Penn Medicine's Brian L. Strom named 2013 Career Distinguished Investigator

Brian L. Strom, MD, MPH, the executive vice dean for Institutional Affairs in the Perelman School of Medicine at the University of Pennsylvania and professor of Biostatistics and Epidemiology, was recently presented with a National Award for Career Achievement and Contribution to Clinical and Translational Science at the Translational Science 2013 meeting in Washington, D.C.

Dr. Strom was named a 2013 Career Distinguished Investigator for his "outstanding contributions to translational science from clinical use into public benefit and policy." A nationally-recognized leader in clinical research training and clinical epidemiology, Dr. Strom focuses heavily on the field of pharmacoepidemiology, which is the application of epidemiologic methods to study drug use and effects in populations. He is known as a founder of the field of pharmacoepidemiology, and a pioneer in using large automated databases for research.

As one of many specific contributions, his work was also pivotal in getting the American Heart Association and American Dental Association to reverse 50 years of guidelines, and recommend against use of antibiotics to prevent infective endocarditis, instead of recommending for this widespread practice. Since 10 percent of patients have these conditions and the typical patient undergoes dental care twice yearly, this resulted in a large proportion of the population no longer needing frequent antibiotics.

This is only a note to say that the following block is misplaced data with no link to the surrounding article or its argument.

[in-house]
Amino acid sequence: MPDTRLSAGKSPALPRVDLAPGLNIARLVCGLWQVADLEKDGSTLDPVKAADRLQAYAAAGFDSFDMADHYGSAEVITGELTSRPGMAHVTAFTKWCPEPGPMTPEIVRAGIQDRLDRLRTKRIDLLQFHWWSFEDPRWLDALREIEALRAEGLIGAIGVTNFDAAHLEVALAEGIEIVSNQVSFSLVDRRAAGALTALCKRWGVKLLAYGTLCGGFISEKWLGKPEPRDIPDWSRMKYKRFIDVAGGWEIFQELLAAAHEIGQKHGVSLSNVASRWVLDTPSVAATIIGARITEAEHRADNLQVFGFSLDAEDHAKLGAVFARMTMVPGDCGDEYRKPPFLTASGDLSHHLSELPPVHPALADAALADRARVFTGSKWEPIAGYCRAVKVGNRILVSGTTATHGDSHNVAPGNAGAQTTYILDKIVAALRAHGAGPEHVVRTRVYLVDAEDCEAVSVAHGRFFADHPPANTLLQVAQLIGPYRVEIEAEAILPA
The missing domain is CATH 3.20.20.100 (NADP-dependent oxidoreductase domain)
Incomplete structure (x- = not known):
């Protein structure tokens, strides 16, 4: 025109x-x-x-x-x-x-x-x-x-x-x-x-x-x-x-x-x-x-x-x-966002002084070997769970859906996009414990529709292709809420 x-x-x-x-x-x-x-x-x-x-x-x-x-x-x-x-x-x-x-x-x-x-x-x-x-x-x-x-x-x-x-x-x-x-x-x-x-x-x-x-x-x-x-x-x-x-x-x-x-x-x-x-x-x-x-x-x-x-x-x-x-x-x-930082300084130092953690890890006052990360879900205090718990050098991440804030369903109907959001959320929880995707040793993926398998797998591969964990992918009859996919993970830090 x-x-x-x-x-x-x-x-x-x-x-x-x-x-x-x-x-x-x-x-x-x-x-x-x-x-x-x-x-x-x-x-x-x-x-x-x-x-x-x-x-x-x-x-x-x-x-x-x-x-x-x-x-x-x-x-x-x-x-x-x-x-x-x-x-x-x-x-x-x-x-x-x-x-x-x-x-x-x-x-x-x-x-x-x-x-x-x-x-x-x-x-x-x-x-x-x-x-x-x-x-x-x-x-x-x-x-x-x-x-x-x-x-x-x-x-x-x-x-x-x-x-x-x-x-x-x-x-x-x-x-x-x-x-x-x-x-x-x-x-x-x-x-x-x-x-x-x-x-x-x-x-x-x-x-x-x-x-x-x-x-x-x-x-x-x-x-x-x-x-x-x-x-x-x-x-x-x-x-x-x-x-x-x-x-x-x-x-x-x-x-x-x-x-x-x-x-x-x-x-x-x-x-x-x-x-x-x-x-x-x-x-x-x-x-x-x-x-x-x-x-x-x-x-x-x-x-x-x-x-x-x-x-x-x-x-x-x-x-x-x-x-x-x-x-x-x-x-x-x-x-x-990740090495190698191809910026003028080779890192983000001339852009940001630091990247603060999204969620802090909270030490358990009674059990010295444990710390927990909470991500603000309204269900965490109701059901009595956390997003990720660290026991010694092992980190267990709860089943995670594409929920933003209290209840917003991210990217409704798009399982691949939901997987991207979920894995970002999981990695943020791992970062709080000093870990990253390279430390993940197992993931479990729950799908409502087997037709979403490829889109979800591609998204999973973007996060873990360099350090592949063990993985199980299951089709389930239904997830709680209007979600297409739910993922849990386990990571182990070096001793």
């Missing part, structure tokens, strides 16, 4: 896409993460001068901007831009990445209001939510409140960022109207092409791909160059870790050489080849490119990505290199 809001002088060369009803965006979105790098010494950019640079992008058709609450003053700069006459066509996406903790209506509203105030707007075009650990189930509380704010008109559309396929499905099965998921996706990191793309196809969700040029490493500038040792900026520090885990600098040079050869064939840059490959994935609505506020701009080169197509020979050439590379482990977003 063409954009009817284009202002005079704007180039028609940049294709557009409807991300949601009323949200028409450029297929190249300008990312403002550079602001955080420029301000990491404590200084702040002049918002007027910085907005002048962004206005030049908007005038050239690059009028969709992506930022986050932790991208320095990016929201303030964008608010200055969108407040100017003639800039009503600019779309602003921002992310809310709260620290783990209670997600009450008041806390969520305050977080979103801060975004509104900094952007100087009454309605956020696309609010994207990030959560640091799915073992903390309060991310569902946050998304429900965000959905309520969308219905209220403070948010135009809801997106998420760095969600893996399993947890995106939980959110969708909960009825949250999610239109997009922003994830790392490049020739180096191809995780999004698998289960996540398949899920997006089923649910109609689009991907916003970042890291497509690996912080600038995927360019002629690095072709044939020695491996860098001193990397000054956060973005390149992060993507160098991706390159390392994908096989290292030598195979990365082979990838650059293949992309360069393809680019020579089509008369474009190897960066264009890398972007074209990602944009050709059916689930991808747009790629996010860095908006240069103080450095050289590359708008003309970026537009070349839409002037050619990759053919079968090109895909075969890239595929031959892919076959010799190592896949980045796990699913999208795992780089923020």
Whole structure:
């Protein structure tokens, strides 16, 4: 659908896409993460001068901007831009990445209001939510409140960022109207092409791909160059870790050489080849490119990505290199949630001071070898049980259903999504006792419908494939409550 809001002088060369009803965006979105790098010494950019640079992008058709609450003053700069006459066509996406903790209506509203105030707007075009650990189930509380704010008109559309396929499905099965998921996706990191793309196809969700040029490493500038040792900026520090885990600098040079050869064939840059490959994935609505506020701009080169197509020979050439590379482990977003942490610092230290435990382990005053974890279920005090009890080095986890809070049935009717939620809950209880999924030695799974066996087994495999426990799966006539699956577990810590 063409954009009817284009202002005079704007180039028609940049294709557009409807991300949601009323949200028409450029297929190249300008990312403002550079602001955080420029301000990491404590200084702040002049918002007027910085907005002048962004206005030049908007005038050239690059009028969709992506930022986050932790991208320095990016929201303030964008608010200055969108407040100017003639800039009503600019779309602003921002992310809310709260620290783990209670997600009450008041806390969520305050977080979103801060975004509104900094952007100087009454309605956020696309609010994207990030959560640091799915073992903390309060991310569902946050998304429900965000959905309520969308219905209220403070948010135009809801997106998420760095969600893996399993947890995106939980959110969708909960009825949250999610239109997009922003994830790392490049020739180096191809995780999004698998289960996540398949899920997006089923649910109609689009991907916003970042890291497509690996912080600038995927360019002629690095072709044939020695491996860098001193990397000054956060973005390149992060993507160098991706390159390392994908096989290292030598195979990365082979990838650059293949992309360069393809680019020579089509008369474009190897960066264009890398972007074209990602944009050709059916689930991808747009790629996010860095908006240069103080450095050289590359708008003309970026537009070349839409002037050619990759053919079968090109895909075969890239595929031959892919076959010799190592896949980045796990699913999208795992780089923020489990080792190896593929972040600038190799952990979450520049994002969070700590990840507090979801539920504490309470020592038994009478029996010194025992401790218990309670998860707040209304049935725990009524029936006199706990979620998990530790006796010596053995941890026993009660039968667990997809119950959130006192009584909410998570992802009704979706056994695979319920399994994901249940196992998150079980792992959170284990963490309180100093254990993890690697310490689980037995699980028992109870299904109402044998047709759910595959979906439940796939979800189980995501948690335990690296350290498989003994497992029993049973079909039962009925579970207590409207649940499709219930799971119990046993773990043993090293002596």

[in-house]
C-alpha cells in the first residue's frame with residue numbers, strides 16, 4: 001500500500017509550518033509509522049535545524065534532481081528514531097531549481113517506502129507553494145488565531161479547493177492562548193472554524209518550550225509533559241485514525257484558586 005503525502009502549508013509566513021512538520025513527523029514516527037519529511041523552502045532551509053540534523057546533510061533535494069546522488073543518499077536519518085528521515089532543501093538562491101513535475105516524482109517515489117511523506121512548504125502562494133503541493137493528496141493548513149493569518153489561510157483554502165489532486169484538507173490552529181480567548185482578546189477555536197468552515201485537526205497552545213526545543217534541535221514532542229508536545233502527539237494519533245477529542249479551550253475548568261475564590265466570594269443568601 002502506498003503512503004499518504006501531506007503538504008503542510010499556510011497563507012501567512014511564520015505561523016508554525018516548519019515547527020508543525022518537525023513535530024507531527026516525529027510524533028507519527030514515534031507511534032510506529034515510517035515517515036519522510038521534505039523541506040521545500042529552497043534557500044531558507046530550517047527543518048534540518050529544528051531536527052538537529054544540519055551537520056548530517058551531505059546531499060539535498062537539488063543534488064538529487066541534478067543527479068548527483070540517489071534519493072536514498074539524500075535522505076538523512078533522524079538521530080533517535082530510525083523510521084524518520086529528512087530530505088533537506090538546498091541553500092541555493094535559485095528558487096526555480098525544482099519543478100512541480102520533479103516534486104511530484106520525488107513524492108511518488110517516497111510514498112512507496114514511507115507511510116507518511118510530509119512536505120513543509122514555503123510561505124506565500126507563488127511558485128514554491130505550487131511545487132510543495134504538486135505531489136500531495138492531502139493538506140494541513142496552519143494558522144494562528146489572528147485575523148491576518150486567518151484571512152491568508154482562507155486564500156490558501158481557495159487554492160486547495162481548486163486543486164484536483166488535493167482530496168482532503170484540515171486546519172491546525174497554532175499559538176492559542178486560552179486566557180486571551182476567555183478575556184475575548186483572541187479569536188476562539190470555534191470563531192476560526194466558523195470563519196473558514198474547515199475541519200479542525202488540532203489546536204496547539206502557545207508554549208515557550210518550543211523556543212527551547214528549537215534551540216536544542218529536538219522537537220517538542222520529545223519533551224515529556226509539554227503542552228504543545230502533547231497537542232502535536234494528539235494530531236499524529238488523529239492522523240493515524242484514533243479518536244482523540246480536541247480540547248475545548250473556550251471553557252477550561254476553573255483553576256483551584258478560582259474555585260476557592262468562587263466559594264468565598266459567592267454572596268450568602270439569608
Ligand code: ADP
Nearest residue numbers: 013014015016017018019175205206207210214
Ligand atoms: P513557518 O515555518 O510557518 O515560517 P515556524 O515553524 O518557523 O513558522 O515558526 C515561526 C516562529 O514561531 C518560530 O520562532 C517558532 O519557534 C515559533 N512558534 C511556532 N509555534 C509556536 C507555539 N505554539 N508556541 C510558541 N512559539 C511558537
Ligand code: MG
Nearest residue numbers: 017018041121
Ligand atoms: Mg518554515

The awards committee for the Translational Science 2013 annual meeting is made up representatives from Association for Clinical and Translational Science and the American Federation for Medical Research (ACTS/AFMR). This is the fourth year ACTS/AFMR has acknowledged distinguished investigators and educators who have had national impact by virtue of contributions to clinical and translational science. Three awards were presented this year, including translation from bench research to patient application and translation from early clinical use to applicability for widespread clinical practice.

SOURCE Perelman School of Medicine at the University of Pennsylvania

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